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2001 Int'l Surv. Fam. L. 115 (2001)
Some Perspectives on Indian Family Law

handle is hein.journals/intsfal8 and id is 139 raw text is: 




                 Anil Malhotra* and Ranjit Malhotra

The present India chapter analyses three areas of Indian family law: validity of
marriages in the context of unmarried cohabitation under Hindu law; recent
developments in international child abduction law; and the law of guardianship
and inter-country adoption in India. The reason for focus on these select branches
of law is because these areas are of immense interest to an international legal
readership given the large size of the Indian population residing overseas.


The principal law of marriage and divorce relating to Hindus is contained in the
Hindu Marriage Act 1955 (hereafter HMA 1955), which came into force on 18
May 1955. The HMA 1955 also governs validity of marriages of those Indian
spouses who are permanently resident overseas. It is an Act to amend and codify
the law relating to marriage among Hindus. After outlining the main provisions of
the HMA 1955 they will be discussed in appropriate detail.

A    Main provisions of the HMA 1955

Section 1 states the territorial application of the HMA 1955. In terms of section 2,
the Act is applicable only to Hindus. Section 5 of the HMA 1955 stipulates the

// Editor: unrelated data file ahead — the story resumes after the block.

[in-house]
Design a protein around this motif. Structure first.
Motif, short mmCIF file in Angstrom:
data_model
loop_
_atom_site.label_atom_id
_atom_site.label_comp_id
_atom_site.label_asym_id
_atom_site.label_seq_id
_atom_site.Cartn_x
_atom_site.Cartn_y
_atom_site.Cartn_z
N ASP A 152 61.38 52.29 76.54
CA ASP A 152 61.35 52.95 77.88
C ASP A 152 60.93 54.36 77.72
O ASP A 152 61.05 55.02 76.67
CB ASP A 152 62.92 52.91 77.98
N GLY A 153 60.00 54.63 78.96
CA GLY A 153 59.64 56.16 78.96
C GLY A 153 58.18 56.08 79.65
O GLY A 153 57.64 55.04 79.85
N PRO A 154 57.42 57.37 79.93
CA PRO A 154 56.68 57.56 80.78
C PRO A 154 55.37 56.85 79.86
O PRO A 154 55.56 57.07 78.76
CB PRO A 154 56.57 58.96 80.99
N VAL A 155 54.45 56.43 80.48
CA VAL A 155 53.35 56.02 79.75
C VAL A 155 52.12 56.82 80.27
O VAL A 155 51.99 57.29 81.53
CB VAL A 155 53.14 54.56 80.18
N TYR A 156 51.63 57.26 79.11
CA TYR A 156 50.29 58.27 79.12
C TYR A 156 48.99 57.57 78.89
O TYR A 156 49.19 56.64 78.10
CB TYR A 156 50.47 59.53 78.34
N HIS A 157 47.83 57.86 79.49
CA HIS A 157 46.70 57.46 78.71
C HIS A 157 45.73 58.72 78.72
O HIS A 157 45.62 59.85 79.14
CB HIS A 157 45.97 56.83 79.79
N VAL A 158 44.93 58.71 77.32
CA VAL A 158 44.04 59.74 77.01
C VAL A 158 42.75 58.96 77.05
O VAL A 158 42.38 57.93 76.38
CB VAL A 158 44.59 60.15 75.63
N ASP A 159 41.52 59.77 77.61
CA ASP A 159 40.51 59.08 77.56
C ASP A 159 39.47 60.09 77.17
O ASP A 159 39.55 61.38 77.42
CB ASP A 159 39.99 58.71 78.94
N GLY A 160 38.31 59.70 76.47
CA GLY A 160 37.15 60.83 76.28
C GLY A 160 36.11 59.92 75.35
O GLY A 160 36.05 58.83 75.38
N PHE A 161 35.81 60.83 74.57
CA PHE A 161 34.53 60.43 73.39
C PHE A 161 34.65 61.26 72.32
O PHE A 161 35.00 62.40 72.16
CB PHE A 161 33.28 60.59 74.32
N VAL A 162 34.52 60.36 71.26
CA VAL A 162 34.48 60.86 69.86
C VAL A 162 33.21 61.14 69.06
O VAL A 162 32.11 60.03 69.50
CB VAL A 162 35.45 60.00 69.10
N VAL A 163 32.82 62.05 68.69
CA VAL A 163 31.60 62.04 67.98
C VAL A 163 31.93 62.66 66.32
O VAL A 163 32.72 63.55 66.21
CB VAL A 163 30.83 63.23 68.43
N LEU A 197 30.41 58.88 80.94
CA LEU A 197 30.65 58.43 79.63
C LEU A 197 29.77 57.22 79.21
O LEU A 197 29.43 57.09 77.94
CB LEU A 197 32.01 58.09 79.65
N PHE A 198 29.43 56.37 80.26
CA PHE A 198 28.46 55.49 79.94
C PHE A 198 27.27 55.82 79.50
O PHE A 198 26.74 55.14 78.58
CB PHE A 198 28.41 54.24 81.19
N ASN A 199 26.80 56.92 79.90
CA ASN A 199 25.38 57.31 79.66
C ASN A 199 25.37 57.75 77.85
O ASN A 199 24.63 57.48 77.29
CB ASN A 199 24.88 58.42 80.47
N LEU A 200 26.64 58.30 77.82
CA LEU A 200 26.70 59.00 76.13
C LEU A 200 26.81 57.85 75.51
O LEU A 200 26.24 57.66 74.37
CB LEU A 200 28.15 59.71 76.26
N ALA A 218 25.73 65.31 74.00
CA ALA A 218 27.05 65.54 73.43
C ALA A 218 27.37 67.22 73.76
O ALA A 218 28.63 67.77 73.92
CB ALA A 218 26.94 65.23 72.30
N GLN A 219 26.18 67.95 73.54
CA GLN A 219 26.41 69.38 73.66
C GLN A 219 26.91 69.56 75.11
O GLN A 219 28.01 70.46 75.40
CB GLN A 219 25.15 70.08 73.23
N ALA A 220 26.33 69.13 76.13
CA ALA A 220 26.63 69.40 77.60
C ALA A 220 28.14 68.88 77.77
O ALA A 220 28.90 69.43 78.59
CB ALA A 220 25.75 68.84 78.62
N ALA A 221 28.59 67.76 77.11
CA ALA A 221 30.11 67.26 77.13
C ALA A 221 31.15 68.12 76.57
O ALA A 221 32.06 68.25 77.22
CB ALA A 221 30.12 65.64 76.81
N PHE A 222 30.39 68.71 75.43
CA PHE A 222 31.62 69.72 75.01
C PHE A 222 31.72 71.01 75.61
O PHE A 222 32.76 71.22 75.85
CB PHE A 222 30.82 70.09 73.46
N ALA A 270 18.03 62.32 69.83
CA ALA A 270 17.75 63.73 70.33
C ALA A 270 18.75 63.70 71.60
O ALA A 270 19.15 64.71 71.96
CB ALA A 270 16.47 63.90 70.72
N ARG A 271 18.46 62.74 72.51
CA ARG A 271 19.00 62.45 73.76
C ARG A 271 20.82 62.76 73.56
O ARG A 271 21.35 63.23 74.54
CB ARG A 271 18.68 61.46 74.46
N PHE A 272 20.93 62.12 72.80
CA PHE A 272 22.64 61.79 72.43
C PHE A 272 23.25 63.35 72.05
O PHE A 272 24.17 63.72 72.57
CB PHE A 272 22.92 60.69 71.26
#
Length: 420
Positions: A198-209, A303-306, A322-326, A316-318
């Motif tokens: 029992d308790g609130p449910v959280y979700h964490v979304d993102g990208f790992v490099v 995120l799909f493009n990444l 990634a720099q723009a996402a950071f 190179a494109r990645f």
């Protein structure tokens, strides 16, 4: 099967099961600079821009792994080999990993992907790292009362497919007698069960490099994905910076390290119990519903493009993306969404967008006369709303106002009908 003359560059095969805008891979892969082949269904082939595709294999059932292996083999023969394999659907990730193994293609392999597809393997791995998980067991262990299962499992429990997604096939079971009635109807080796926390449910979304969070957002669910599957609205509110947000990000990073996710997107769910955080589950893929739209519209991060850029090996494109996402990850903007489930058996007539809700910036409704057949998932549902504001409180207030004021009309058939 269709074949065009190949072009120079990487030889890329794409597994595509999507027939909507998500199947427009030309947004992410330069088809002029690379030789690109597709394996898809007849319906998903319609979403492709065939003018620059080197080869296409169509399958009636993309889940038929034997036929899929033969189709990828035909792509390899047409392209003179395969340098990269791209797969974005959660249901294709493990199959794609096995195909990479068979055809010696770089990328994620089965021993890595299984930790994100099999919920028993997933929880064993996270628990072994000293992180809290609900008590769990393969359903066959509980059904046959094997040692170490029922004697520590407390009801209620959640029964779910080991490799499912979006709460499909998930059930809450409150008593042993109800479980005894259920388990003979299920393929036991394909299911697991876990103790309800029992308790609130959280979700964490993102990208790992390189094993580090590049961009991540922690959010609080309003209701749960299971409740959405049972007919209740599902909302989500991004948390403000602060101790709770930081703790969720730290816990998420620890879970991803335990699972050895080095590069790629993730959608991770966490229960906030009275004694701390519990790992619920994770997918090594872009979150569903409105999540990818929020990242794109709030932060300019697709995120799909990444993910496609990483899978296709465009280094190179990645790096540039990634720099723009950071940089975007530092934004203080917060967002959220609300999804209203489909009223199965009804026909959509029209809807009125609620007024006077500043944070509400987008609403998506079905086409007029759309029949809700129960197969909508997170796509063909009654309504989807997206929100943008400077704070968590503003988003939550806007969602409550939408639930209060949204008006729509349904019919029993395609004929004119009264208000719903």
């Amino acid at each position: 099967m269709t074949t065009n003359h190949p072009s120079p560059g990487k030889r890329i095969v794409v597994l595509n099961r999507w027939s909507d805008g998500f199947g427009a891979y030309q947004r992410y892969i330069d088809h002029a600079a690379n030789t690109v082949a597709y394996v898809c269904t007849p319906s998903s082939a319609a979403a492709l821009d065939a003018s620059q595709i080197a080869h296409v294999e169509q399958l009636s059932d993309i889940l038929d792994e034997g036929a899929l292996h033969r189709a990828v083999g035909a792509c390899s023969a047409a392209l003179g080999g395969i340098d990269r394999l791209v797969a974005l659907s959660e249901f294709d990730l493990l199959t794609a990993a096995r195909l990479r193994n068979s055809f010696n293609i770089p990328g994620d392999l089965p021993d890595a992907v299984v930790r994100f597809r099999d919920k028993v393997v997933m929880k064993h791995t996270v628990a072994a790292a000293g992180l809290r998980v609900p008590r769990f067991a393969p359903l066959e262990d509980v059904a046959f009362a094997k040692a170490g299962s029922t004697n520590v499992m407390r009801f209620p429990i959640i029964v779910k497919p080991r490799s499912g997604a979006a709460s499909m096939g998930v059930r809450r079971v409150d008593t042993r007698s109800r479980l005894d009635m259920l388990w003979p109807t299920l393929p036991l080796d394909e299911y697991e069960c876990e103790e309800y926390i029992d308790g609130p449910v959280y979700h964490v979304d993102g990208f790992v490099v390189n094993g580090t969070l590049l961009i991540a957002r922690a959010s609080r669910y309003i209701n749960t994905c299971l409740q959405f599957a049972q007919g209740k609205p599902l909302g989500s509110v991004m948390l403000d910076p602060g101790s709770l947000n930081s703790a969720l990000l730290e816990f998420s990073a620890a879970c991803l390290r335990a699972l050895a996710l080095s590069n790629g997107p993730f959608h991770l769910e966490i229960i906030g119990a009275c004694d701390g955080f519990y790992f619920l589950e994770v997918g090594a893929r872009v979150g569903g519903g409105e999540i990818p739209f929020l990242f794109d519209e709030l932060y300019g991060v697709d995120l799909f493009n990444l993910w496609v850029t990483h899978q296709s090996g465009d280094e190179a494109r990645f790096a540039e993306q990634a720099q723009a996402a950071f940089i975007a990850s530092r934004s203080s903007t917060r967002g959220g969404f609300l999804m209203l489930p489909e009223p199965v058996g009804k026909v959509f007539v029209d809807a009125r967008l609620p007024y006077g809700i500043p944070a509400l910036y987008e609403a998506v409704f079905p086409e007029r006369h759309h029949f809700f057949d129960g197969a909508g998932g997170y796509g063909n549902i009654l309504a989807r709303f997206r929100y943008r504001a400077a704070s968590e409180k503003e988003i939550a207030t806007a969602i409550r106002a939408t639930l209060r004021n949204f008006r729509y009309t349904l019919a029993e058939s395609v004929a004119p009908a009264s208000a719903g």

conditions for a valid Hindu marriage. Essential ceremonies for a Hindu marriage
are laid down in section 7 of the Act. Registration of marriages is dealt with in
section 8 of the Act. Sections 9 and 10 of the Act provide for restitution of
conjugal rights and judicial separation.
    Nullity of marriage and divorce are dealt with in detail in Chapter IV of the
HMA 1955. The grounds for divorce are detailed in section 13 of the Act. Divorce
by mutual consent is recognised under section 13-B of the Act.
    The issue of jurisdiction and the procedure for obtaining divorce is provided
in Chapter V of this Act. Provisions for maintenance pendente lite and permanent
alimony are made in sections 24 and 25 of the Act, respectively. It is important to
mention that section 29(2) of the Act recognises dissolution of marriage by

*   Advocate at the Punjab and Haryana High Court and the Supreme Court of India, New Delhi.
    Formerly part-time lecturer at the Faculty of Laws, Punjab University, Chandigarh.
** Advocate at the Punjab and Haryana High Court and Supreme Court of India. Regional
    representative for India of the migration and nationality law committee of the International Bar

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